need ideas to build a cap for 1943 bantam

#16
good Idea.

I figured I would weld the small brackets in, as cutting a weld and polishing it off is alot less work than filling a hole and finighing from 2 sides.

But I do like the idea of an external clamp on frame that would clamp onto the existing lip of the trailer and then build off of that. only thing is that would be alot more work than I have time for.

so V1 trailer cap will be made this weekend as I am taking it on a trip in 2 weeks. trailer cap V2 may be made at a later date using your idea. maybe this winter when I need a new project. maybe make a top like a adventure trailer instead of just a flat style.

Man that is a great idea. I like it alot..

Ok so version 1 trailer cap. is going to be just a steel frame with gas springs. I will use my canvas tarp to keep out the weather or maybe just some plywood. to hold it down I will use 2 ratcheting straps to trailer tiedowns

V2 will be like you said and be a clamp on frame. and build off of that. that way I can have real hinge real locking latch and be weather tight. undo a few bolts and the whole shebang will come off and the trailer will go back to 100% origional with no brackets or anything.
 

ntsqd

Heretic Car Camper
#17
I like the clamping to the underside of the rails better than the turn-buckles.

On the gas springs, how much force they need totally depends on where they are mounted, which partly depends on what stroke you use. Once you have an angle when fully open and how much vertical force is needed at fully open, then it's just a little Trig or Analytical Geometry to get the force needed.
The Trail-Blazer in my driveway goes very slightly over center with it's gas springs.
 
#20
atavuss said:
it looks to me to be at the MVPA (Military Vehicle Preservation Association) Tower Park Marina meet in April. there is also a meet in the fall at Tower Park although the spring meet is larger and has more vehicles and vendors there.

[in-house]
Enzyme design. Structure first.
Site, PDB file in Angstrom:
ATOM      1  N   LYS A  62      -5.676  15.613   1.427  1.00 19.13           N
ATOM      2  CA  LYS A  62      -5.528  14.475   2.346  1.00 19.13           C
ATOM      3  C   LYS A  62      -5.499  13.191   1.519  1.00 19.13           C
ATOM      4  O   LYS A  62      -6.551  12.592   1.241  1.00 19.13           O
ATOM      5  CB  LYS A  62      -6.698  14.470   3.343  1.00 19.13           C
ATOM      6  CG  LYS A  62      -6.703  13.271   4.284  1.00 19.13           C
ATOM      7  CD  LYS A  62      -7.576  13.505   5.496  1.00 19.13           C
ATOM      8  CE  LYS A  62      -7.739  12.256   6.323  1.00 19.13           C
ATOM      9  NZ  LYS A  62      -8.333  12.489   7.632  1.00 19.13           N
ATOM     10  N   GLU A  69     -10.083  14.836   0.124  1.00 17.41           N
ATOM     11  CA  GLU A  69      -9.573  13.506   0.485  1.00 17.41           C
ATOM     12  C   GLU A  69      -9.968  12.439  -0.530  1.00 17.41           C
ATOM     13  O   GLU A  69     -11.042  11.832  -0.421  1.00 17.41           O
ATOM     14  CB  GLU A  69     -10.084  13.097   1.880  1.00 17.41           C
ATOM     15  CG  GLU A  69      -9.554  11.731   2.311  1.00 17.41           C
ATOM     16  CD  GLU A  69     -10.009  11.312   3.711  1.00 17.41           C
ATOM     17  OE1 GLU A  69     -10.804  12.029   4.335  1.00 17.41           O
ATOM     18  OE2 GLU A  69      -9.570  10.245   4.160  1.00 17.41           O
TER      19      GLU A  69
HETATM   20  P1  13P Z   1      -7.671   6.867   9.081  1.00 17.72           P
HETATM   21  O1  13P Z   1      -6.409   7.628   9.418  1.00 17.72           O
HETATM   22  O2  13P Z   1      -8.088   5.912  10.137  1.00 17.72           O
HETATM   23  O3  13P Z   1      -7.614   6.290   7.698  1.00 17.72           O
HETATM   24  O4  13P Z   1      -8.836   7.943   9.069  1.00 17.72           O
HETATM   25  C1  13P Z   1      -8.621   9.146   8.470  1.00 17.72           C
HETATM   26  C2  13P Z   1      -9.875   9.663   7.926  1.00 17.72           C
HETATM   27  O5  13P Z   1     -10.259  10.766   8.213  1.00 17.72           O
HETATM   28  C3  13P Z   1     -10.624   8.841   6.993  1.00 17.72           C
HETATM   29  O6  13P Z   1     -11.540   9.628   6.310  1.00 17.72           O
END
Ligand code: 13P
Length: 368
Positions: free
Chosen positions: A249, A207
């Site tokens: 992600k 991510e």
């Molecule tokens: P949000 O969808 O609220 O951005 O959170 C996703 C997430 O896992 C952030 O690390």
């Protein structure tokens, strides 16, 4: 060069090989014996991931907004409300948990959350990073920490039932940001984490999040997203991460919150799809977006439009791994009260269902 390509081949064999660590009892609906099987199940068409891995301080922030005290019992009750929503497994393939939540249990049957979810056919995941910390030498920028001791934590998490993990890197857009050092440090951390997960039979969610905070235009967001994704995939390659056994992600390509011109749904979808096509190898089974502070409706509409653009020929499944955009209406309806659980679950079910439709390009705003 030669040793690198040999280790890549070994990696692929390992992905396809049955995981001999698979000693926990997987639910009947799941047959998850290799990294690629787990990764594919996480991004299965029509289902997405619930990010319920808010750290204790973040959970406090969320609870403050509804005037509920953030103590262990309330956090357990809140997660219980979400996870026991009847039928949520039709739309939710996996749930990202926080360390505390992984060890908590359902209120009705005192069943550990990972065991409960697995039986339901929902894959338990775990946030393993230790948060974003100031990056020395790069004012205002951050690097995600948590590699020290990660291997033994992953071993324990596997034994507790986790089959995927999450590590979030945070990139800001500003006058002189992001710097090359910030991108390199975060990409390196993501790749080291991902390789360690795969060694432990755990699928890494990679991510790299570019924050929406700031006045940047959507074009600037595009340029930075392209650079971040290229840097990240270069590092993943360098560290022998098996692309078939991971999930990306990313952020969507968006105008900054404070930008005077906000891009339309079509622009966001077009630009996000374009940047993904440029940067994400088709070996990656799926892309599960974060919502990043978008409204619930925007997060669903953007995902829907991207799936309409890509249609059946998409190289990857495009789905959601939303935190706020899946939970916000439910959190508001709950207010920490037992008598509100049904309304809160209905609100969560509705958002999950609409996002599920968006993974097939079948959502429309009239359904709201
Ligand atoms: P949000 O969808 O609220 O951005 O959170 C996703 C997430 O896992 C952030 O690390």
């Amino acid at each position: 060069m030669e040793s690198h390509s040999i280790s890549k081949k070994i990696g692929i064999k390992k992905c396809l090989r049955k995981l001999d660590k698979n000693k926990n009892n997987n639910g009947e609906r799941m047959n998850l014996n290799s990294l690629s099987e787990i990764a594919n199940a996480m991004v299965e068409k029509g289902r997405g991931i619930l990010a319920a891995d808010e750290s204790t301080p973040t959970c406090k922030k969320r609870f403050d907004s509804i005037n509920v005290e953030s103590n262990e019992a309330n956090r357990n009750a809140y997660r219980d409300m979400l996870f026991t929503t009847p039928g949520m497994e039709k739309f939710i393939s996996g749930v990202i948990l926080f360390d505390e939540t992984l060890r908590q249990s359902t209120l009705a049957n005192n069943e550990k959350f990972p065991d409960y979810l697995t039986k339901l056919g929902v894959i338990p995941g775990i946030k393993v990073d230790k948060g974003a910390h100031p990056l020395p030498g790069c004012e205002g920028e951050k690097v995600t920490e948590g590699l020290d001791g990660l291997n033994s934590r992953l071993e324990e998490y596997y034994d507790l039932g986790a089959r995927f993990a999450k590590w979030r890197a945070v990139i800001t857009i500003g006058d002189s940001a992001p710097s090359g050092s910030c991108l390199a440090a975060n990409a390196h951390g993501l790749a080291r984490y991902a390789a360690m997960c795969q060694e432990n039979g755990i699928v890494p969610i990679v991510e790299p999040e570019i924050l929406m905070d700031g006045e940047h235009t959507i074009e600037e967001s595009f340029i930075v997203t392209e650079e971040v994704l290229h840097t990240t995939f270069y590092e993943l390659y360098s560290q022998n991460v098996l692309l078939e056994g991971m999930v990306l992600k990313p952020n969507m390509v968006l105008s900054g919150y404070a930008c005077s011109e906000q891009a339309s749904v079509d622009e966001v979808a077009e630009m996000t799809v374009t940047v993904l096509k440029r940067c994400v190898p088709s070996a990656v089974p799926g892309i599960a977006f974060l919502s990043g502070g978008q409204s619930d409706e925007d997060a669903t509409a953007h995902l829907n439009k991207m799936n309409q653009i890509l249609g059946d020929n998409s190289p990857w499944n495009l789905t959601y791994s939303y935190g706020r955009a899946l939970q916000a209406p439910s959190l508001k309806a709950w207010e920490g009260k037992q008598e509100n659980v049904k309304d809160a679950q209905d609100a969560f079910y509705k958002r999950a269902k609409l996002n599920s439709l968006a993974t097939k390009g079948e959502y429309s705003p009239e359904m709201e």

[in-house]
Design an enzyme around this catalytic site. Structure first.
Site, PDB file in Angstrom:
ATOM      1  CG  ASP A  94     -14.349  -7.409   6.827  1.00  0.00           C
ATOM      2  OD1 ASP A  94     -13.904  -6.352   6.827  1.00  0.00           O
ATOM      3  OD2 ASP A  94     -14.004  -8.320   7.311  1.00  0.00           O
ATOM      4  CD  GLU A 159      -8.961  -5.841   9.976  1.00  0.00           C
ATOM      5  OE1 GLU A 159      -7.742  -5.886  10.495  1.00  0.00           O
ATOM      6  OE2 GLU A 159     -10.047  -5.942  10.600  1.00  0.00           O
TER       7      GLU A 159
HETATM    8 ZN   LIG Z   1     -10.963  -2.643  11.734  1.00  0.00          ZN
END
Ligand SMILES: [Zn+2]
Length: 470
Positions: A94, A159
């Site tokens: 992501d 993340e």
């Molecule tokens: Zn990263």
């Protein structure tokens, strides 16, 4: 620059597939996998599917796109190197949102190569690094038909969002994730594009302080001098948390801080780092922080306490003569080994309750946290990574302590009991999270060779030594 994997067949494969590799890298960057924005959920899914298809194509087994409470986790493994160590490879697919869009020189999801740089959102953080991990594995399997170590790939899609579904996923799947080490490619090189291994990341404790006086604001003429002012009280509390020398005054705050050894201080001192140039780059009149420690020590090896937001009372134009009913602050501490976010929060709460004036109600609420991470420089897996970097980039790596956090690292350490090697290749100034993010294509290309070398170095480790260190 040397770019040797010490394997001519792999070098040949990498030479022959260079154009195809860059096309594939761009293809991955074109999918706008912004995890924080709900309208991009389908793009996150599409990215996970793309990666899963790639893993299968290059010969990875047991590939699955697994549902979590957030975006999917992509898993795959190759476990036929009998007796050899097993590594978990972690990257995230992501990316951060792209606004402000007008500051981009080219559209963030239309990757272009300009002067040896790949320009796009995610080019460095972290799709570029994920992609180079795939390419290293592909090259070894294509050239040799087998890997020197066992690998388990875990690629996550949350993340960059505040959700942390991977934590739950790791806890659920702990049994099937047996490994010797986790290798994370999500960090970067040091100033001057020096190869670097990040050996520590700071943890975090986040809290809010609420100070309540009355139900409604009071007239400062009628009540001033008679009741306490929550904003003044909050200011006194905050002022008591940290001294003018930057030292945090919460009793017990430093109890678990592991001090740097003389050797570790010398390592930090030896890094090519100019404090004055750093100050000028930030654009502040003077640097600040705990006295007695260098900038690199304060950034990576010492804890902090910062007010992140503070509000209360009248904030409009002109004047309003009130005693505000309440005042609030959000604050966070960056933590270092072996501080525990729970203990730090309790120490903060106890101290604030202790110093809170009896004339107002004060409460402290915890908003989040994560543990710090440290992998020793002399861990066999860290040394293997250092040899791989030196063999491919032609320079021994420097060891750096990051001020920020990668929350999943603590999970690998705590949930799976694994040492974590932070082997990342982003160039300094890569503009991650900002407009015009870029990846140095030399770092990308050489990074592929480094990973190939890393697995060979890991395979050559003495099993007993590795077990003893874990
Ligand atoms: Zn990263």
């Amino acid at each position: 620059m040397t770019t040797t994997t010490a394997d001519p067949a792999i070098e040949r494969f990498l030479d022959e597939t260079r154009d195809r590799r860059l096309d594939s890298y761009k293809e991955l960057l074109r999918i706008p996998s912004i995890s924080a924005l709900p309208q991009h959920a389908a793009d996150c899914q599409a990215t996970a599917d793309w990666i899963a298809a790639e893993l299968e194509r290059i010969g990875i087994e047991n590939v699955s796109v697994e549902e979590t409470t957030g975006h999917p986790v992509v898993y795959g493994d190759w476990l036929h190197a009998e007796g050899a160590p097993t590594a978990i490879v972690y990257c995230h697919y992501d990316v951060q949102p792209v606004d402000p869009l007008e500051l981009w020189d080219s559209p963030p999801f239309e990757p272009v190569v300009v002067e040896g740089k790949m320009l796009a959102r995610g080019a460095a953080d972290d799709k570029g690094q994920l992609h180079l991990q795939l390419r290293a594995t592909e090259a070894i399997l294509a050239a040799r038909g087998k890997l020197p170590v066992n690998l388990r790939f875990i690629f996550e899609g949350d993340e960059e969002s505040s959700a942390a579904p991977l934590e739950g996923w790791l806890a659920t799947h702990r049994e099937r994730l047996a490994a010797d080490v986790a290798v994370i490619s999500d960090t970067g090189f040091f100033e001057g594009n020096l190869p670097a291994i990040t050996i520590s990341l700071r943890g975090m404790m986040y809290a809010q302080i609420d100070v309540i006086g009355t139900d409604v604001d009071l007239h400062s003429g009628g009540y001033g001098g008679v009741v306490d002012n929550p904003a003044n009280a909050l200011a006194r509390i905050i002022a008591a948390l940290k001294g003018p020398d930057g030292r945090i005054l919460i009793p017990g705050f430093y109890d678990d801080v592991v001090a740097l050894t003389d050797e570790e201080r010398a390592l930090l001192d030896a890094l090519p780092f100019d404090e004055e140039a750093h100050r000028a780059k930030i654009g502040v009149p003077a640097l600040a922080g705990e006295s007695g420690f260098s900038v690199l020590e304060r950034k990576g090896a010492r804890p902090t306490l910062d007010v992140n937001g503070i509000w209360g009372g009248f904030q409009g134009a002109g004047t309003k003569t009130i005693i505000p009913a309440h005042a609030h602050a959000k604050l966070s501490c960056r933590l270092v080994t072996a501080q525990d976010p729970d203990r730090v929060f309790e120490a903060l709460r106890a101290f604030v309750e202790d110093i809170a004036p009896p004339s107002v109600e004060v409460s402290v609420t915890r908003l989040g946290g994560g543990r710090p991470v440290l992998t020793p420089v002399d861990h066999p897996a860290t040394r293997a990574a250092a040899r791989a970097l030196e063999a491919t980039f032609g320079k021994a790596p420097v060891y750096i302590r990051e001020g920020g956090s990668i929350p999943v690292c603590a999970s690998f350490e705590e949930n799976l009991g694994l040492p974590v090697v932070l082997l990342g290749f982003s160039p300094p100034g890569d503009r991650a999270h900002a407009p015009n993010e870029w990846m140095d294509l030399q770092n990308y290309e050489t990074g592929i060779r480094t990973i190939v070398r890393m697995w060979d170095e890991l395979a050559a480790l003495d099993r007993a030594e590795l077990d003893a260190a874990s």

I have a M274A5 mule and go to the spring meet with it.
I also have a original and unmolested 1946 1/4 ton Bantam trailer that I want to put a top on but don't want to modify it.

thanks, might have to go in fall, only 1/2 hour away from me..
 
#21
offroadchef said:
thanks, might have to go in fall, only 1/2 hour away from me..
I believe I read somewhere that the spring Tower Park MV meet is the largest in the U.S. there are people there from all over the world.
 
#22
yep one of the largest anual swapmeets.

and yep ther are people from all over the world. I personally have toasted with some of them from, england, Netherlands, New Zeland, Australia. MV restoring is a huge international hobby.
 

gpwpat

Adventurer
#23
ok

my top is done. well not completely done but done enough to get me going next week. I will post pictures tonight. nothing was modified on the trailer. the top just hinges around the rould edge of the trailer and a piece of angle keeps it attached. The hardes part was the location of the gas springs.

2-150 lb springs fully extended at 35.5" gives me a 60 degree opened top. man it is like the top is not even there it is so open. down side is that it pops up 6" when unlatched. so far I will use tiedown straps to keep it closed. I did weld on a couple of chain links on the top so I can lock it onto the trailer using the tiedown hooks to secure it and keep people from taking my gear while I am away from the trailer or a night in a hotel.

I know usless without pictures. I shall post some tonight.


last things to do before my trip.

build rear landing legs ( styling after the one sold by adventure trailers) posted on this thread.

repack wheel bearings (been a few years)

switch out tires. ( my tires a a bit dry rotted.) I don't trust them for a trip this far from home.

Future mod will be a bolt on rear bar with modern tailights and a 2" reciever for a bicycle rack. This will bolt to existing tooling holes in the last crossmember of the frame. also would like to build a spair tire rack to hold the spair under the trailer. This will have a crank style hoist pirated from a pickup. and again bolted to existing tooling holes in frame.